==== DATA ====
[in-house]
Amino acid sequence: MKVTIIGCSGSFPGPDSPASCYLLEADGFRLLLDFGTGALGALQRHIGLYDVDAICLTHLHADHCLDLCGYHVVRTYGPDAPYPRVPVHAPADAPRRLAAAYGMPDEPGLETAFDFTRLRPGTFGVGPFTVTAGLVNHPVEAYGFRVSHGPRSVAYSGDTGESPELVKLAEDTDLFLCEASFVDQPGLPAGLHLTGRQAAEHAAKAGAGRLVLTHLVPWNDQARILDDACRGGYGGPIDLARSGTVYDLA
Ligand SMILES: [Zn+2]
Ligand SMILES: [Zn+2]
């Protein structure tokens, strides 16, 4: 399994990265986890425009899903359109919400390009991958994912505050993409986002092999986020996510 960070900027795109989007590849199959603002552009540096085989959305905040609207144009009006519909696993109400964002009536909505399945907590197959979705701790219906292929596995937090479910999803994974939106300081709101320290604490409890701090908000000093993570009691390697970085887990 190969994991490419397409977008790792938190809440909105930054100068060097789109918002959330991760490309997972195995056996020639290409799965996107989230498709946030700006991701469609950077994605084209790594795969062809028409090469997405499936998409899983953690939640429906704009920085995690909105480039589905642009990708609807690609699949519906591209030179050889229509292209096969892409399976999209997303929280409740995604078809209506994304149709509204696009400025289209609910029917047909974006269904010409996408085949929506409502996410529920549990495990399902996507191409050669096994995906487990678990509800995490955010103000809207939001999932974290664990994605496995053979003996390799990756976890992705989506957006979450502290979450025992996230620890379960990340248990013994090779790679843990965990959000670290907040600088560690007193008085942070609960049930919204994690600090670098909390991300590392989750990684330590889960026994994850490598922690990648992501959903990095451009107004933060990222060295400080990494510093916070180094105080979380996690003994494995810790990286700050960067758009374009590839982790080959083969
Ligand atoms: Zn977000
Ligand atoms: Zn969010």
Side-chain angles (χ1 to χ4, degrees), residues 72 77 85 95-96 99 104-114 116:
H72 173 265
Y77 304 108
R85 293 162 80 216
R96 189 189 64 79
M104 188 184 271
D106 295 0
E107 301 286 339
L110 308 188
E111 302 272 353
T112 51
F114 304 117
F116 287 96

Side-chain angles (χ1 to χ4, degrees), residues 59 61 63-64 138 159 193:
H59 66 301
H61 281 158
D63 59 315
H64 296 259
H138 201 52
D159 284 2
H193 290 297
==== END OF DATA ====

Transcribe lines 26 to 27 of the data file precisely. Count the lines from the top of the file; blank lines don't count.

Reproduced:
H138 201 52
D159 284 2